Weekly Column from the Executive Director of Schools, Diocese of Parramatta
It is refreshing to see learning being elevated by our major political parties. While long overdue, it recognises how important it is that 3- to 4-year-olds have access to quality preschool programs. It is particularly important for young people growing up in areas where access and affordability are huge barriers.
In NSW, the Berejiklian Government has made a commitment to enhancing the participation of 3-year-olds as well as those children with a disability or additional learning needs. There’s also a stronger focus on ensuring that our early childhood educators are delivering evidence-based learning programs relevant to today’s world.
Another reason to be optimistic is the appointment of Hon. Sarah Mitchell as NSW Minister for Education and Early Childhood Learning. It recognises the need for a more unified and cohesive approach to schooling instead of the historically fragmented one that saw early learning and school education as portfolios to be treated separately. They share a common goal – to provide quality learning for each child.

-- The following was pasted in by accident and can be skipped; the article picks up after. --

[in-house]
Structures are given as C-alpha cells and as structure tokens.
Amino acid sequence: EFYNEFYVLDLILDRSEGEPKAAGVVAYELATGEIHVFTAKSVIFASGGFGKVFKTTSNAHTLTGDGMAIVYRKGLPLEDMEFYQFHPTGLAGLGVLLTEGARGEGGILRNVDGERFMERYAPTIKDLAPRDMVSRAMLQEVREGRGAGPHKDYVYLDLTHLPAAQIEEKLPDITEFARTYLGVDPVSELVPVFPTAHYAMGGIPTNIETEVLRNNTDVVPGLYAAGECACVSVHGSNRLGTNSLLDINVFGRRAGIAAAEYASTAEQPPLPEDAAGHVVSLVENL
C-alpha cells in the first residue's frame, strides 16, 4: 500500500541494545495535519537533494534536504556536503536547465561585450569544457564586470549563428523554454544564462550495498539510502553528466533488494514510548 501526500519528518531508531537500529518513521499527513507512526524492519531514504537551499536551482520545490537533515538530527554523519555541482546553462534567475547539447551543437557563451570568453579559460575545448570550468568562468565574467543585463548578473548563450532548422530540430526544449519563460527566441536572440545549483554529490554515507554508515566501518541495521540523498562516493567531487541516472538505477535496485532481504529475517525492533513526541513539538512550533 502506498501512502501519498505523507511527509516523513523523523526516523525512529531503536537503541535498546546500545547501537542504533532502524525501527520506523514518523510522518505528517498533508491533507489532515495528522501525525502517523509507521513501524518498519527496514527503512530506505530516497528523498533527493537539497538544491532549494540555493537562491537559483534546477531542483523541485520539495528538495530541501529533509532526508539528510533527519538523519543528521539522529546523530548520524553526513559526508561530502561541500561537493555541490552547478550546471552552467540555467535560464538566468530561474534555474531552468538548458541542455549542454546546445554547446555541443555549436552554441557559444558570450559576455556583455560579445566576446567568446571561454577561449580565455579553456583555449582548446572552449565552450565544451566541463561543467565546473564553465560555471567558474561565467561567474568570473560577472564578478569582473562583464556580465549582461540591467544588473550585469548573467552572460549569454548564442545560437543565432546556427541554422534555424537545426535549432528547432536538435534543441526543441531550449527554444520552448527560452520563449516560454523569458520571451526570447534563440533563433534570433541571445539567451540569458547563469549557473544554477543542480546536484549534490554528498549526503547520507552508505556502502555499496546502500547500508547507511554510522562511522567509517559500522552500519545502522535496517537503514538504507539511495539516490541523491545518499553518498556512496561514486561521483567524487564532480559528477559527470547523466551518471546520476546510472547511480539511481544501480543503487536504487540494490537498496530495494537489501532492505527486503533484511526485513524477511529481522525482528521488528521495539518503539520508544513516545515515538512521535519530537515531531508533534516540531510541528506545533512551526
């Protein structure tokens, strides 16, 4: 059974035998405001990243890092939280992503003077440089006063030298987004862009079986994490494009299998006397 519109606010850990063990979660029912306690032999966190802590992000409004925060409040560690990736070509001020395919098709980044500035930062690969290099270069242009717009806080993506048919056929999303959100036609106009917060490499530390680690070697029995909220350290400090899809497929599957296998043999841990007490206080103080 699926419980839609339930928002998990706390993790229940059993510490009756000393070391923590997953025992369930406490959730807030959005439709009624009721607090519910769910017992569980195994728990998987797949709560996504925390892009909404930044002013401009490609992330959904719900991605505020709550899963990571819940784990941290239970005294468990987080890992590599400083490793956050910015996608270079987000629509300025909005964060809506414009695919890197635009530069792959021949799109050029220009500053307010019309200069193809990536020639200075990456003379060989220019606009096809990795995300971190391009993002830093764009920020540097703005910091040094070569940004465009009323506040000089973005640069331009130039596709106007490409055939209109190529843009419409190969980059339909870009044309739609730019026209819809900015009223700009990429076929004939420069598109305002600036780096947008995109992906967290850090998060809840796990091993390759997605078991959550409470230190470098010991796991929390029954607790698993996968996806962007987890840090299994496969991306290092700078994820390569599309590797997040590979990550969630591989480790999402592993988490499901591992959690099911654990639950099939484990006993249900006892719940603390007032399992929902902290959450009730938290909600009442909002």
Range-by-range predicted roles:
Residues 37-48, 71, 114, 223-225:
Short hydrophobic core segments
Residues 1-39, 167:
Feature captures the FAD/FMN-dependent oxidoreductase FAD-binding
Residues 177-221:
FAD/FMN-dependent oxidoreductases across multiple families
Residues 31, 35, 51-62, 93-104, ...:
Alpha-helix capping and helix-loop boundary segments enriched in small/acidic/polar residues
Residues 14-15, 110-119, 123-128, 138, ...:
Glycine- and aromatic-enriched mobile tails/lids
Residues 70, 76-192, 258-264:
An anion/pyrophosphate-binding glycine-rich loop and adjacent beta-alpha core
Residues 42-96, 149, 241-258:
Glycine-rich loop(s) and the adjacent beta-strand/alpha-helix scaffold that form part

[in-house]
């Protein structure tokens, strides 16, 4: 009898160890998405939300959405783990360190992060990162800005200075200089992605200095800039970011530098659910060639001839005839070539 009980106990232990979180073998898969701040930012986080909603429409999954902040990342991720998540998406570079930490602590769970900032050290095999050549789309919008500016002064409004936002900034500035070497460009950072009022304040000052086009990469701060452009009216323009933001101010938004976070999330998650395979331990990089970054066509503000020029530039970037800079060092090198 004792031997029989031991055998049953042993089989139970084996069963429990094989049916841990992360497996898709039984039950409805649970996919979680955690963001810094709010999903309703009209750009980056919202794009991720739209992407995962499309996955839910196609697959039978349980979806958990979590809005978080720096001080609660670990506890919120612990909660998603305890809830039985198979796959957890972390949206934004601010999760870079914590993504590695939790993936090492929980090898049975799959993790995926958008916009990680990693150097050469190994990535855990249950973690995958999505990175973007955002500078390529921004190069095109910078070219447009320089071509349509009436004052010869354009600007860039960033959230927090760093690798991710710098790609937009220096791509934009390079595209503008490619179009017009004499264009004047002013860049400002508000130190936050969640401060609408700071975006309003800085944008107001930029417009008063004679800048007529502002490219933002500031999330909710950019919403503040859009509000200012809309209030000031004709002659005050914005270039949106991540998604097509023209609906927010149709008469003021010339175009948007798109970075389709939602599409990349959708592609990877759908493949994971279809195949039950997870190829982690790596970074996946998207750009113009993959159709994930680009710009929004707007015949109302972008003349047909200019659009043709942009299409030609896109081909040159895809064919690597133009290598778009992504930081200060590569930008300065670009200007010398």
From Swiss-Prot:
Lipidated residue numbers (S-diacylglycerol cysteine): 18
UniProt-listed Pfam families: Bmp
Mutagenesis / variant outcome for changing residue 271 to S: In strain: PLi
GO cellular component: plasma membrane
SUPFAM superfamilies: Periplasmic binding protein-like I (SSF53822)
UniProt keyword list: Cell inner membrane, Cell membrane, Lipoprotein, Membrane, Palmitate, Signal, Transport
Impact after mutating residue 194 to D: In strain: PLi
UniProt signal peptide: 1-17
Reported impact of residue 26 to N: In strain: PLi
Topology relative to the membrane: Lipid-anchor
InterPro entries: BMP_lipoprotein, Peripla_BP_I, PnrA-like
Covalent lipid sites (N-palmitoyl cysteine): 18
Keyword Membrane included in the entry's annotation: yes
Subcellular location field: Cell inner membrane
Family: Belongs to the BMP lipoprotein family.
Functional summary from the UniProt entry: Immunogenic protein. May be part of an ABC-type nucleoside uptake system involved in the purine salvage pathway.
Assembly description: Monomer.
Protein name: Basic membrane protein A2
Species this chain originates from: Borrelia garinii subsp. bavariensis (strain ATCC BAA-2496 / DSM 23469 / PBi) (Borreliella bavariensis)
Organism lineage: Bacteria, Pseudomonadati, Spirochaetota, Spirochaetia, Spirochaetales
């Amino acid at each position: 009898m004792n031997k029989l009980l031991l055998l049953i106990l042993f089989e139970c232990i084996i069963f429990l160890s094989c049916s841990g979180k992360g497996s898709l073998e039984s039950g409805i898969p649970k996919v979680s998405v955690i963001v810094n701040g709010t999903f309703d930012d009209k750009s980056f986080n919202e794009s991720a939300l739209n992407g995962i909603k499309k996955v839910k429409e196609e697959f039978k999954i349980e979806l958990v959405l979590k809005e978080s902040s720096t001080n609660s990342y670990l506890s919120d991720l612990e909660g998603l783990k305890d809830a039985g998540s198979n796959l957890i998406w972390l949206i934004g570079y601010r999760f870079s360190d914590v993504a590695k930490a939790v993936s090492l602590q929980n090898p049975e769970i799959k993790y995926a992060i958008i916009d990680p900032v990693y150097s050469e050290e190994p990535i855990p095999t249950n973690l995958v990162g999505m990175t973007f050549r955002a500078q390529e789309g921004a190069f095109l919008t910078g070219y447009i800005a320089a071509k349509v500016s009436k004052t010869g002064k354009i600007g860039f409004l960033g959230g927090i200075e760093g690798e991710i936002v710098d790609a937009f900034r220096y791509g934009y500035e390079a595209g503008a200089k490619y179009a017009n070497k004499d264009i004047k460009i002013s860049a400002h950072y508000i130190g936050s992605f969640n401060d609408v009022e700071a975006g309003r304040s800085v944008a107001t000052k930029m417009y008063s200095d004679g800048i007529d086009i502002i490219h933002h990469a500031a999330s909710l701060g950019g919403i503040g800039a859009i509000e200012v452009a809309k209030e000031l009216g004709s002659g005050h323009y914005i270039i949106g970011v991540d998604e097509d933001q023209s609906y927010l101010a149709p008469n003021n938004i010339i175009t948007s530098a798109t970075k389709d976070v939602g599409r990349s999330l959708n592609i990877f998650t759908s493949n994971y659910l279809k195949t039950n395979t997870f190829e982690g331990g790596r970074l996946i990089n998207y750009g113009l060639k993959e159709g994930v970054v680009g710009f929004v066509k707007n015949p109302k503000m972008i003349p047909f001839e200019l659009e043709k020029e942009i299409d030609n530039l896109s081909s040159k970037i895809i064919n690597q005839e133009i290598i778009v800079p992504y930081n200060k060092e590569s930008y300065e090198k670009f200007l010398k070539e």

The goal for our politicians is to ensure that we are not just repeating things at each stage of learning. It has to be about a learning journey. This is why I have been advocating for a coherent learning framework from the early years right through to post-school.
Such a framework accepts that learning does not start in Kindergarten and concludes with an ATAR. Early education is as much a part of formal education as going to school is. It is also time to address the gap between secondary schools and TAFE/universities in a world where there are more post-school options for students.
Lifelong learning should not be an aspiration for a few; it should be an inherent right for every young person in today’s world.
Greg Whitby AM
Executive Director of Schools – Diocese of Parramatta